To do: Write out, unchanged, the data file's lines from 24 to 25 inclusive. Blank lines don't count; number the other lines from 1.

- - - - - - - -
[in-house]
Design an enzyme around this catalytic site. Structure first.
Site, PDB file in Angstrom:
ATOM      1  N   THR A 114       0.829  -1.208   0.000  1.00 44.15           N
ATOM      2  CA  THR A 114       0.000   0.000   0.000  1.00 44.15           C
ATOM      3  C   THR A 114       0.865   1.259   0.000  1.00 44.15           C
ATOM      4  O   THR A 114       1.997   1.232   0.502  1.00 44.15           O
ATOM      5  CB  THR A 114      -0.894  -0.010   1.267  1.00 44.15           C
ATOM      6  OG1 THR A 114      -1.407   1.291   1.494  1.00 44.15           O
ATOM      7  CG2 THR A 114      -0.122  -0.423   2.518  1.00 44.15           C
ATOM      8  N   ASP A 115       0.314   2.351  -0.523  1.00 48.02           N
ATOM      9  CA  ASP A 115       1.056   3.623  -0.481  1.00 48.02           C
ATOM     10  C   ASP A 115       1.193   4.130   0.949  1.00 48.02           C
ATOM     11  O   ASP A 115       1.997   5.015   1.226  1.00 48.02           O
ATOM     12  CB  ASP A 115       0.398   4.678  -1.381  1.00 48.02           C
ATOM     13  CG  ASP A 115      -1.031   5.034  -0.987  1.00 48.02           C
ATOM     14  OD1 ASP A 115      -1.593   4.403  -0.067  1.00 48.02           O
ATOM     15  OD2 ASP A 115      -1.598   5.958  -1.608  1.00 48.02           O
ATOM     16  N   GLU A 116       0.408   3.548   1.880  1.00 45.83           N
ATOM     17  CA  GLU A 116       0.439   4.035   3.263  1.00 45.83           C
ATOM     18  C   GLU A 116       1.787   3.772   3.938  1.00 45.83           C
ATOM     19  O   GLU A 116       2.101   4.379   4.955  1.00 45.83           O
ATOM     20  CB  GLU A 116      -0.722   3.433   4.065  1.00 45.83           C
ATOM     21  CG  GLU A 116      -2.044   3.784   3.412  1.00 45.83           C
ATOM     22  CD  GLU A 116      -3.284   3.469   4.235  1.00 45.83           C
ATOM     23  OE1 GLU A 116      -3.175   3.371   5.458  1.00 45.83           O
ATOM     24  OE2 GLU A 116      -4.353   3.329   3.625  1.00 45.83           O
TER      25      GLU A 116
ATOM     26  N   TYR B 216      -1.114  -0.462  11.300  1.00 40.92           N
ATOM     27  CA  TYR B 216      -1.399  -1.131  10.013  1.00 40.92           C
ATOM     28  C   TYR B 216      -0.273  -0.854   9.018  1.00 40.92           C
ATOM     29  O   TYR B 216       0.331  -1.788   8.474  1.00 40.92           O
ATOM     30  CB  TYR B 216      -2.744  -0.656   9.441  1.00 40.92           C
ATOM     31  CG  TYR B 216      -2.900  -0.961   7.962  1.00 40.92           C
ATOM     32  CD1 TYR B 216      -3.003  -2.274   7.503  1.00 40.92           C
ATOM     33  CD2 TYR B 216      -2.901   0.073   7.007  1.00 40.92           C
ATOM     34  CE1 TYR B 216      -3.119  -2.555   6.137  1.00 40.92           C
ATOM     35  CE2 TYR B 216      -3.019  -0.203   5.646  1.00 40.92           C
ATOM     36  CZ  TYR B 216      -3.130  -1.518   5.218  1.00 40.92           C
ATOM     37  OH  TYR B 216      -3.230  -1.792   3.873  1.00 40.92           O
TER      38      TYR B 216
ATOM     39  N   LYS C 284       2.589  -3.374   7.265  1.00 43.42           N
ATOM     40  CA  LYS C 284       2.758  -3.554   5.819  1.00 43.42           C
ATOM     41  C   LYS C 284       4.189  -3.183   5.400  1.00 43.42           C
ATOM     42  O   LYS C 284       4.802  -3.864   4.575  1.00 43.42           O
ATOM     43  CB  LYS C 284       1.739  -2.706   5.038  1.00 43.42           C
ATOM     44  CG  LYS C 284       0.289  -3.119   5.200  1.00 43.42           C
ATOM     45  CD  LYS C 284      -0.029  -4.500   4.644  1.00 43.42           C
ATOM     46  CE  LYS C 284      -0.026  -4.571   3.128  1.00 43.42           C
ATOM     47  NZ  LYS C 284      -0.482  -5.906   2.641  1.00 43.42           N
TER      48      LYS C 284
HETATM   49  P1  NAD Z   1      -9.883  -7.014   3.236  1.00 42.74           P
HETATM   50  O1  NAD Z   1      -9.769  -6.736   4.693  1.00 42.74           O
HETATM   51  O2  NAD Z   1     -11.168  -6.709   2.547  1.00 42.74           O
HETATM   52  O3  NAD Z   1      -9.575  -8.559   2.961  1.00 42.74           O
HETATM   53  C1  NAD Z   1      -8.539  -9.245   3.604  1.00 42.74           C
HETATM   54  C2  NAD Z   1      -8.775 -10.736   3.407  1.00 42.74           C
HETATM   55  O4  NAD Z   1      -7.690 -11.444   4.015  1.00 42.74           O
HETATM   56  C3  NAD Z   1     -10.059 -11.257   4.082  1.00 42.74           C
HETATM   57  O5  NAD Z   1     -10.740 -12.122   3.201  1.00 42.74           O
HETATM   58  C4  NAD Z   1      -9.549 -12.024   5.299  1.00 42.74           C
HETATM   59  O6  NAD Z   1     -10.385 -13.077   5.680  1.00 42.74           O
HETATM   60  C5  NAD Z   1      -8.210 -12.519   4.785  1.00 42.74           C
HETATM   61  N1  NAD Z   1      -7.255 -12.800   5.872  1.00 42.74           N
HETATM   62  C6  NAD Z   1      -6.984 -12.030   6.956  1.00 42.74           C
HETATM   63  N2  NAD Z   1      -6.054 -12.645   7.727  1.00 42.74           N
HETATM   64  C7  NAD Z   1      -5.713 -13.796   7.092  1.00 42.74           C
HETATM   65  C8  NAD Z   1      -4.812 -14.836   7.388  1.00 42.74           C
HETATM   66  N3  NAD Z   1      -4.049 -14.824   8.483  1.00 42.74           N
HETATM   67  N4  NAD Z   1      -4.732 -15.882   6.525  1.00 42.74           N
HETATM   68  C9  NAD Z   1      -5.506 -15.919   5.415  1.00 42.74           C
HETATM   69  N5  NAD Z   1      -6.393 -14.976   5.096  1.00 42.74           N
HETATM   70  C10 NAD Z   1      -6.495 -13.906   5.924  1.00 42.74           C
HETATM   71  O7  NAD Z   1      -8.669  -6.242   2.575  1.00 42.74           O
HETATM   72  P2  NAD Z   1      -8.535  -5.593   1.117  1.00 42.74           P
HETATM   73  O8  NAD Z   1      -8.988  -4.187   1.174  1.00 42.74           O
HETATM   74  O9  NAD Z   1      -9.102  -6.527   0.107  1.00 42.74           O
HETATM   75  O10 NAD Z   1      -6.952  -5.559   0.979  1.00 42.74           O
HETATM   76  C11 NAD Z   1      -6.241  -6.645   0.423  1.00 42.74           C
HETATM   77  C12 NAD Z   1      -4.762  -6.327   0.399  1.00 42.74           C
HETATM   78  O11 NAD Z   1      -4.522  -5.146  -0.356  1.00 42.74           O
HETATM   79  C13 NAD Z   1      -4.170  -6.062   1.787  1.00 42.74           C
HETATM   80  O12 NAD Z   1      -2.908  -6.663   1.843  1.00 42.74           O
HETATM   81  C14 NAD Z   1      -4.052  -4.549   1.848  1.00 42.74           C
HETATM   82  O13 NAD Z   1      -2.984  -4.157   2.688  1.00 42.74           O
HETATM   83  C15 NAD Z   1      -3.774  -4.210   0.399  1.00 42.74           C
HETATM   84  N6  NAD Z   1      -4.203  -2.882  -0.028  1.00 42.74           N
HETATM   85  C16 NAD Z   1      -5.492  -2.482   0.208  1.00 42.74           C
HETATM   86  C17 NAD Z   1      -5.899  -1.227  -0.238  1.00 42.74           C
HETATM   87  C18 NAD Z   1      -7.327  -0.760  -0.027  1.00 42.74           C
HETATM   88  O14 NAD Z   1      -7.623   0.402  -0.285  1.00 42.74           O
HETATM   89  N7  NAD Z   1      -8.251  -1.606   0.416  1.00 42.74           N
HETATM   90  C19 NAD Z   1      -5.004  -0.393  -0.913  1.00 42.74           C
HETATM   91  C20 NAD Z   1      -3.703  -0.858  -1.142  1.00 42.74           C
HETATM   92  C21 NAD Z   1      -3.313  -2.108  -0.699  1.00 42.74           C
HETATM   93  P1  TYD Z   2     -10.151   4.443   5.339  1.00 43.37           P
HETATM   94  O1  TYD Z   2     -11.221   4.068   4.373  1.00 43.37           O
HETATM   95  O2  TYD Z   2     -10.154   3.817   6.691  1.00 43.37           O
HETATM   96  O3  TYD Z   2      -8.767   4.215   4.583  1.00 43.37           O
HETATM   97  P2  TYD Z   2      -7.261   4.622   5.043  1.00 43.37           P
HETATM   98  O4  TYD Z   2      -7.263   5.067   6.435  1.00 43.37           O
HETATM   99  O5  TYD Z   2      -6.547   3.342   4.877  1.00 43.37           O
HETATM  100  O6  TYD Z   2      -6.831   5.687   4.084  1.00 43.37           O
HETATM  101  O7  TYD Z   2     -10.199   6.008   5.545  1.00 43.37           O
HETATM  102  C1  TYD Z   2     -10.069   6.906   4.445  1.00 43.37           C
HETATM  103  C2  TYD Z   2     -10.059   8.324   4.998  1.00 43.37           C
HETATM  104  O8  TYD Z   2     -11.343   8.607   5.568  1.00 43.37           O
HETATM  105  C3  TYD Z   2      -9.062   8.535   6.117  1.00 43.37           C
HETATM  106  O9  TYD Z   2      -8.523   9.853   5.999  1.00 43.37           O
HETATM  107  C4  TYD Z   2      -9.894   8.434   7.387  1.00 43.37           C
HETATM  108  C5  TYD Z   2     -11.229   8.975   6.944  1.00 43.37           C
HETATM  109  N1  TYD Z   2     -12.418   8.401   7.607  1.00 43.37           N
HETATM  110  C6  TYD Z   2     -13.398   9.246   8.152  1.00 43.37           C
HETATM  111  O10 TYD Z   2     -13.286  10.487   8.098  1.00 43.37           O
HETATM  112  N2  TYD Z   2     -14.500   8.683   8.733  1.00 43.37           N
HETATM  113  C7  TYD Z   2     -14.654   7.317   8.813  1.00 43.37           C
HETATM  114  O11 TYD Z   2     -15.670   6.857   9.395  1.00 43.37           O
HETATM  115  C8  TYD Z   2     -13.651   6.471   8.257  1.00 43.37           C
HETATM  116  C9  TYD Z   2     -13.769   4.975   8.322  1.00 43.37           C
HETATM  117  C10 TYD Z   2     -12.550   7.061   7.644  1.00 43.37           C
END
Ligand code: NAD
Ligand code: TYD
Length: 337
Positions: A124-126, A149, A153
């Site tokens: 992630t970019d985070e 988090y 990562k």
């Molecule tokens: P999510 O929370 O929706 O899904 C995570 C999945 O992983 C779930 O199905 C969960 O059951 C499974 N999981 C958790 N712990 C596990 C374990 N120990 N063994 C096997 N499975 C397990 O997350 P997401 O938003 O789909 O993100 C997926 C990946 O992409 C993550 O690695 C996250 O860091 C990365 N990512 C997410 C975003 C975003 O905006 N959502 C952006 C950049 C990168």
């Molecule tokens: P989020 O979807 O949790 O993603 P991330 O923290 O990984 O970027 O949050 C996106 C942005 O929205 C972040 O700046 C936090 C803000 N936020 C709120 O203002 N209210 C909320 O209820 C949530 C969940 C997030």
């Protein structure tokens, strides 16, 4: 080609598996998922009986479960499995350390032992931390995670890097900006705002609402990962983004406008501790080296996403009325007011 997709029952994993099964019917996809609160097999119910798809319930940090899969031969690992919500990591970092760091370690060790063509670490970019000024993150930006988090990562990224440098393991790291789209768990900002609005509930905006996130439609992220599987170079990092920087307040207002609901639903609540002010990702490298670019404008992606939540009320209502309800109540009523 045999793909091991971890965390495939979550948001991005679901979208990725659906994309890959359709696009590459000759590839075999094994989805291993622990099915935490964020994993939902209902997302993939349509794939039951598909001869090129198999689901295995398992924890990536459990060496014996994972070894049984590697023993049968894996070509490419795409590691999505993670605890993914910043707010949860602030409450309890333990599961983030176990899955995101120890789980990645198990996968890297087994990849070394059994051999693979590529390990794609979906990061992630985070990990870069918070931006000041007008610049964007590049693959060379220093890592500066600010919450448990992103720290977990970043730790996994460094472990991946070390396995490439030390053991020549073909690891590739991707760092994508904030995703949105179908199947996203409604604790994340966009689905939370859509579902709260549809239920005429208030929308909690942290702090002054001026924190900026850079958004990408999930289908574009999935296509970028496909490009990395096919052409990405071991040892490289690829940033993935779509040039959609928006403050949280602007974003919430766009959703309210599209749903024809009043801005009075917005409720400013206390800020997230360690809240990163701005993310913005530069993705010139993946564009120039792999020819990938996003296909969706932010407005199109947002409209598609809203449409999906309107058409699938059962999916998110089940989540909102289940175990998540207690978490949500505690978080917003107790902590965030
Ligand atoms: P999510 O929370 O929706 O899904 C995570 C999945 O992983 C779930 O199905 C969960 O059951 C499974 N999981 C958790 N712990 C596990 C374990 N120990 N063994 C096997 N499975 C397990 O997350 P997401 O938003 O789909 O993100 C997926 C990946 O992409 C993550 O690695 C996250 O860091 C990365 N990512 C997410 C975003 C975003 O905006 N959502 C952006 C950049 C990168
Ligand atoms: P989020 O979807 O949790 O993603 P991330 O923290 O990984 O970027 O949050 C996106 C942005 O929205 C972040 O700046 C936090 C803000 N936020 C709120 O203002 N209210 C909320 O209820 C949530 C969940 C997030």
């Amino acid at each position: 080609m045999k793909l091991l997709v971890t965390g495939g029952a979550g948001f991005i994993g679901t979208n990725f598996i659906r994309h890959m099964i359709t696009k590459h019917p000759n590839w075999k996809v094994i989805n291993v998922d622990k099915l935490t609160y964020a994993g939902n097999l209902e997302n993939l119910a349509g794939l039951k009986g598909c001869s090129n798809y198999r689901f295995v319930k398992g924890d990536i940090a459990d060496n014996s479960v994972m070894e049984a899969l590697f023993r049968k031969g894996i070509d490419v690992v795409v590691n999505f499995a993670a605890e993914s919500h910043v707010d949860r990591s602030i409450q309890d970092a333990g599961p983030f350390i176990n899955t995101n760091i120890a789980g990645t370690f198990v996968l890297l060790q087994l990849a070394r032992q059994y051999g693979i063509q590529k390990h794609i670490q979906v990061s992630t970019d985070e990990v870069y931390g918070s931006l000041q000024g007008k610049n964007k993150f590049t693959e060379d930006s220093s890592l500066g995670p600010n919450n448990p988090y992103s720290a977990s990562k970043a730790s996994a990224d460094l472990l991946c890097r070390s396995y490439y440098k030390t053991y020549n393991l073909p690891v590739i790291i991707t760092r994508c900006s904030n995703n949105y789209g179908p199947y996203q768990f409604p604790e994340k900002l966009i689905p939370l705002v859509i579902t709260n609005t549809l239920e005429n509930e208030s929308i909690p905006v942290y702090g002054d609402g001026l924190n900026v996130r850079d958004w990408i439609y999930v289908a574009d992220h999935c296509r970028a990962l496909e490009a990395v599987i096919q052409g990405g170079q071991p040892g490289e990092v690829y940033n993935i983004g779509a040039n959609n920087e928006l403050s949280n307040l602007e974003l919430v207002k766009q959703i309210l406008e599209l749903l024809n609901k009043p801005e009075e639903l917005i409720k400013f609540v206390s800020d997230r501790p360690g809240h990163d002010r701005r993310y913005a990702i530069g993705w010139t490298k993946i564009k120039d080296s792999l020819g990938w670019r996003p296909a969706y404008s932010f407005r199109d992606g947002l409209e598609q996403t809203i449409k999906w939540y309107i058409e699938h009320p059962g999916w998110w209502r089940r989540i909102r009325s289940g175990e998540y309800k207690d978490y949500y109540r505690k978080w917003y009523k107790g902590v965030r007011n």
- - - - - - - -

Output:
ATOM     21  CG  GLU A 116      -2.044   3.784   3.412  1.00 45.83           C
ATOM     22  CD  GLU A 116      -3.284   3.469   4.235  1.00 45.83           C